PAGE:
Cisco beefs up SD-WAN arsenal with new Catalyst edge platform, SASE integration

Cisco unveiled a fresh set of enhancements for its SD-WAN portfolio, including a new model of its Catalyst 8500 edge platform and increased convergence with its SASE offering.

With these upgrades, Dell’Oro Group Research Director Mauricio Sanchez thinks Cisco wants to establish itself as a leader in the SD-WAN market. While Cisco is already well-positioned within SD-WAN, it doesn’t have the “huge lead” that it does in the access routing market, he told Fierce.

The biggest takeaway from Cisco’s latest announcement, Sanchez continued, is that the vendor is urging customers to transition from the legacy Integrated Service Router (ISR) product suite to the Catalyst 8500 series. Cisco back in November announced end-of-life dates for a number of the ISR platforms.

“The Catalyst has been around for a couple of years, but a lot of the business is still anchored to the traditional ISR side of the family,” he said. “Cisco, in the course of the next 18 months, is going to swap out this revenue engine that has been the ISR with the Catalyst, which is a much more modern architecture.”

Along with boasting 100G speeds, Cisco said the new Catalyst 8500-20X6C model can be used for multi-tenancy applications, as a services edge for private cloud infrastructure or as a multi-cloud gateway for colocation spaces. The platform also comes with more connectivity ports.

Sanchez explained Cisco “has to convince customers that the Catalyst is now the platform going forward for all enterprise access routing needs,” so that they don’t go to competitors to obtain SD-WAN services.

Another key update from Cisco is that its Viptela SD-WAN platform can now be integrated with the Cisco+ Secure Connect SASE product. Sanchez said Viptela, which Cisco acquired back in 2017, is the “source for [Cisco’s] top shelf SD-WAN solution.”

“They basically bolted it on and squeezed it into [the ISR] platform. And that platform has worked well but it wasn’t designed from the start to be an SD-WAN software engine,” he said. He added the Catalyst series allows the Viptela software “to shine” in terms of performance.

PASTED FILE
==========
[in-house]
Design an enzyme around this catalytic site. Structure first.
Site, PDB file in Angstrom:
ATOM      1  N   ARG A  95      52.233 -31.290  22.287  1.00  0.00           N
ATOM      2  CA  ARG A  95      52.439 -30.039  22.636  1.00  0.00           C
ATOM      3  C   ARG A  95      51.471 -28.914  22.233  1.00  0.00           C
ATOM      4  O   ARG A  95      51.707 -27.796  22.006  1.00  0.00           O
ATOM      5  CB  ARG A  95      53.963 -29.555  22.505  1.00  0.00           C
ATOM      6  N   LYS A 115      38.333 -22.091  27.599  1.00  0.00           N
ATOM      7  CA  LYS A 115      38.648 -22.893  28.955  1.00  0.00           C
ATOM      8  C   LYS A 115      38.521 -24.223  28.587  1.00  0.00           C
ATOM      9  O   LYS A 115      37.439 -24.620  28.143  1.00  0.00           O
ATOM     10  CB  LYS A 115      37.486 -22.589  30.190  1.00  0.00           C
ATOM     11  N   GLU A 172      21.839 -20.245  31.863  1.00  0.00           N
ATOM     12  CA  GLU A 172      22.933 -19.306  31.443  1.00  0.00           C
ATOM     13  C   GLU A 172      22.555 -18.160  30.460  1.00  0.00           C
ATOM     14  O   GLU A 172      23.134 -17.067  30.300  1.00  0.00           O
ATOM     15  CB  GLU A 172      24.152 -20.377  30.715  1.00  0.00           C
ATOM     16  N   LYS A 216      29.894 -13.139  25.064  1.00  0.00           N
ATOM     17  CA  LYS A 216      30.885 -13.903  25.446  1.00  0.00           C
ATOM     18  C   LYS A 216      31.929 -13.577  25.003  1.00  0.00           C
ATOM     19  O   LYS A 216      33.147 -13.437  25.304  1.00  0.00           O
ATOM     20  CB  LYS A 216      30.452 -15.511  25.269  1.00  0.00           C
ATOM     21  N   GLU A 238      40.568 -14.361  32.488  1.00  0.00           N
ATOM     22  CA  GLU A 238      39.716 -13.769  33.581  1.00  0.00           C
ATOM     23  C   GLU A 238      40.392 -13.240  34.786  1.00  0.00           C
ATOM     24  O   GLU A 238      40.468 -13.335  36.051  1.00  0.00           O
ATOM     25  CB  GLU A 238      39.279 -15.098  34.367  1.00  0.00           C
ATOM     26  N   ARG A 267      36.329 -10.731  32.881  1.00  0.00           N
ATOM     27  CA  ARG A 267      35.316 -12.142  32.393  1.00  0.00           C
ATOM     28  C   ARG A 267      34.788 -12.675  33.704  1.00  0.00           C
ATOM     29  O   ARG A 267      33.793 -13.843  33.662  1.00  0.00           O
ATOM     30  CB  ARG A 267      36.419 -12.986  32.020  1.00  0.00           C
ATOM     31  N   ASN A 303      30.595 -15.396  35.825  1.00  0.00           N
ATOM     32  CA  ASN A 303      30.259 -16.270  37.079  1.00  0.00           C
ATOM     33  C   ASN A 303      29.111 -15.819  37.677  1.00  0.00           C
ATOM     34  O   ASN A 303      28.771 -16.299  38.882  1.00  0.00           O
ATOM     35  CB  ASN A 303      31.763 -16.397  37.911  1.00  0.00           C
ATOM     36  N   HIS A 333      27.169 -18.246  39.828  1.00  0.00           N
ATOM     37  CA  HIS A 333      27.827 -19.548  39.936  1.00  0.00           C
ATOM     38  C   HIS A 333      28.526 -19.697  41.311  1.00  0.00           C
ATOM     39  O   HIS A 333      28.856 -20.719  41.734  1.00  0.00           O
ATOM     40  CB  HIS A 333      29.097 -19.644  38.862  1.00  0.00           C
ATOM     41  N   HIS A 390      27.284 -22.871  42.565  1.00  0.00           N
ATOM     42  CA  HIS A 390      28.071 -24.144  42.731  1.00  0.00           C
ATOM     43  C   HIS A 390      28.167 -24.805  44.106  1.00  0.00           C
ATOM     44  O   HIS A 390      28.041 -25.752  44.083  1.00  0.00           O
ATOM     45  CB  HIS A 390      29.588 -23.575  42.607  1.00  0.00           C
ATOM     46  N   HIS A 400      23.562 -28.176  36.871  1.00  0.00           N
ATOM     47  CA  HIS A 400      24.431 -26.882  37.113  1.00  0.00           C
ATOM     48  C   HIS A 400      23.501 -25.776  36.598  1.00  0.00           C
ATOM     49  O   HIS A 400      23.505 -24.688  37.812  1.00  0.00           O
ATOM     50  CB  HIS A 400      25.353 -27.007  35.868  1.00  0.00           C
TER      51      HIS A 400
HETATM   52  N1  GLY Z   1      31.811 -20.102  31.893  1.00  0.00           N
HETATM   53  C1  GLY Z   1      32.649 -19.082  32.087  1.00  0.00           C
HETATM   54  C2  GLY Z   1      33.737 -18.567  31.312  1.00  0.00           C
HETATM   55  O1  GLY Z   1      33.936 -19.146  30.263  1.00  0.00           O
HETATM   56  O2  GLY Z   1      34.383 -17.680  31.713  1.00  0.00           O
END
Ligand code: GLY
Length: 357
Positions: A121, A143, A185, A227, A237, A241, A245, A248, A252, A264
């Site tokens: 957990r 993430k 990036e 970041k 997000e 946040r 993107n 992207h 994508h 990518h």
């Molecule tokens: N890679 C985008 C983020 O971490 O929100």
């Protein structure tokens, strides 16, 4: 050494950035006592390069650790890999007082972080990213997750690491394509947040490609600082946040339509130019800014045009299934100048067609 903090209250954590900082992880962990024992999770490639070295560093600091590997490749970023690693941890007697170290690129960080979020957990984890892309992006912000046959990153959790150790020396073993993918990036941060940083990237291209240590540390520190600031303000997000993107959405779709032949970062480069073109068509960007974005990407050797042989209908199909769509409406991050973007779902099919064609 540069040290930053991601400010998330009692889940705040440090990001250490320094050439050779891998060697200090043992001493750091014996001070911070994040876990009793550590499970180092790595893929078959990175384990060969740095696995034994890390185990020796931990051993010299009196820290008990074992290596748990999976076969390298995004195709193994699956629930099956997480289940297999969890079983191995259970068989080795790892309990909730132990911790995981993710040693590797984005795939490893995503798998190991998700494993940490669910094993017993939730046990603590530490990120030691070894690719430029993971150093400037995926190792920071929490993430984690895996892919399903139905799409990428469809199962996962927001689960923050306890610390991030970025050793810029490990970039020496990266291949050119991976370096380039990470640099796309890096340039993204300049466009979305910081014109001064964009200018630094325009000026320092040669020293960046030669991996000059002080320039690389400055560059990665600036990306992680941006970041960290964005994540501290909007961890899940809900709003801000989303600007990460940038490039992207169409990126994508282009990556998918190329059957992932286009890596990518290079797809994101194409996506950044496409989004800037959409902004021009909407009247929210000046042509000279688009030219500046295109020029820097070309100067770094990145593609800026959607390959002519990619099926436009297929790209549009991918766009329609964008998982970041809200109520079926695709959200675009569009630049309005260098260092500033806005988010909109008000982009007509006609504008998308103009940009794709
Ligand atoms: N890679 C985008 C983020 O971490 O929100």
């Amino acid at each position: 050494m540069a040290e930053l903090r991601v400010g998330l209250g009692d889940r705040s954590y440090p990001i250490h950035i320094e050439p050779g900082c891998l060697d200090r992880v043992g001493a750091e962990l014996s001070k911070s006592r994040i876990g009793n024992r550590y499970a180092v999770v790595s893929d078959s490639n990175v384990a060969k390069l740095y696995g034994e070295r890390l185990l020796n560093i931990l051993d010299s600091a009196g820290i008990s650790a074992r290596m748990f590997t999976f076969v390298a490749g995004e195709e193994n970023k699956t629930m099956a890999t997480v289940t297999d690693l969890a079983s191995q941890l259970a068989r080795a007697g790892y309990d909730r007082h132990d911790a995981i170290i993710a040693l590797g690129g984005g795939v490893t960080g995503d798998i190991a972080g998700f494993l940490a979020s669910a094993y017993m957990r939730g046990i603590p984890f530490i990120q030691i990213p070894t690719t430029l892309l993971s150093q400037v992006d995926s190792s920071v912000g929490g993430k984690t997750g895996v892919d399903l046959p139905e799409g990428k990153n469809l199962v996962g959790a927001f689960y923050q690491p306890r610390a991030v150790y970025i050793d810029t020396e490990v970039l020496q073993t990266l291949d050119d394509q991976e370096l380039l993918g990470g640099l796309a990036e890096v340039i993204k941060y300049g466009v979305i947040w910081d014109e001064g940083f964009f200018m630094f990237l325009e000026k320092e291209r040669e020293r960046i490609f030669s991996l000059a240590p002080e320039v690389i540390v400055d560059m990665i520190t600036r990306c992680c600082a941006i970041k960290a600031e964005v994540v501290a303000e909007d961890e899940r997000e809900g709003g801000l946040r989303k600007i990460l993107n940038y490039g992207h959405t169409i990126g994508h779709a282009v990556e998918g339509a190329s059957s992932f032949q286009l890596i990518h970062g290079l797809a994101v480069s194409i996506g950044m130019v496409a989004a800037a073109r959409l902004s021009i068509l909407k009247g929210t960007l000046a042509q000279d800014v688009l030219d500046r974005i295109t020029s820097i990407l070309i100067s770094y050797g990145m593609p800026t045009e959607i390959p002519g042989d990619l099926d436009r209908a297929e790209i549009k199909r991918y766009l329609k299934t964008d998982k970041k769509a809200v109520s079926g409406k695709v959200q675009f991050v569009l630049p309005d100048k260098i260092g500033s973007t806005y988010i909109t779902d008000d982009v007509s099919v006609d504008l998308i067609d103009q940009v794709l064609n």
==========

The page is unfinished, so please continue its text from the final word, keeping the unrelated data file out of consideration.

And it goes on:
Integrating Viptela with Cisco+ Secure Connect will help Cisco move along on the SASE front, Sanchez added. Originally, the company’s unified SASE solution was anchored to the Meraki side, but now Cisco can “go up the customer stack to demonstrate integration with the higher-end enterprise Viptela solution.”

But whether Cisco can pull a larger share of the SASE market remains to be seen. As of now, Cisco’s SASE operations are mainly rooted in the small and midsize business (SMB) side of the market, noted Sanchez, whereas the Viptela SD-WAN platform “tends to live” within larger enterprise networks.

“It’s now got a bridge and connection point between those two different solutions, which strategically is a good thing,” he said. “In the near term, I don’t see this changing the ongoing success of Cisco’s trajectory in the SASE landscape.”

Roy Chua, principal analyst at AvidThink, also highlighted the convergence across Cisco’s secure access and SD-WAN/SASE offerings.

“Cisco is attempting to pull together adjacent solutions under a single umbrella to allow for more consistent policies, reducing siloes of access between product lines,” Chua told Fierce. “They're trying to provide a single management framework across multiple locations from home offices to branches to campuses.”

In a further attempt to simplify the SD-WAN process, Cisco added template-based automation to its vManage network management dashboard. The feature speeds up central configuration of the SD-WAN fabric, Chua said, and it addresses “user complaints about the complexity of managing policies across a large network.”

On the hybrid work front, Cisco has integrated the Catalyst Wireless Gateway device with its SD-WAN Remote Access solution. Chua said the feature “brings teleworkers under the same SD-WAN management umbrella so they can apply unified policies across HQ, branches, home offices.”